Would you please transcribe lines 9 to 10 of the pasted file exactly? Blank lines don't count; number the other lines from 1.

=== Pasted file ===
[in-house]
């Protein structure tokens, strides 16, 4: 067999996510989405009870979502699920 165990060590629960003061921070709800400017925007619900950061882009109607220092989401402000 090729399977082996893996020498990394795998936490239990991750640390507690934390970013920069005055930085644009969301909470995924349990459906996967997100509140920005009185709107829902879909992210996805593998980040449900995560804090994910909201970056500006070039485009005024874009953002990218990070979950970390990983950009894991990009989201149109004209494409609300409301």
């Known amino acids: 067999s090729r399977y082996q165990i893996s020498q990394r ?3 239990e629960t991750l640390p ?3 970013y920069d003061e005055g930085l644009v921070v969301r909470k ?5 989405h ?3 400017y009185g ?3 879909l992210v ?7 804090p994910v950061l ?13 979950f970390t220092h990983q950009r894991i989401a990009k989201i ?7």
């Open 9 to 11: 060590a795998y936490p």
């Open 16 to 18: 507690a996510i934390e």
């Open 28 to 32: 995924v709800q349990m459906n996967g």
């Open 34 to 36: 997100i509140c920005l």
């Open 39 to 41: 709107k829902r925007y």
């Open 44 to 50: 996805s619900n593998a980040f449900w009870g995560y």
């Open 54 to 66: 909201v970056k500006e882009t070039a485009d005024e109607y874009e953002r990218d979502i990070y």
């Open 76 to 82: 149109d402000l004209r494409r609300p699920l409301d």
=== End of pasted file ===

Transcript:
């Open 44 to 50: 996805s619900n593998a980040f449900w009870g995560y």
């Open 54 to 66: 909201v970056k500006e882009t070039a485009d005024e109607y874009e953002r990218d979502i990070y």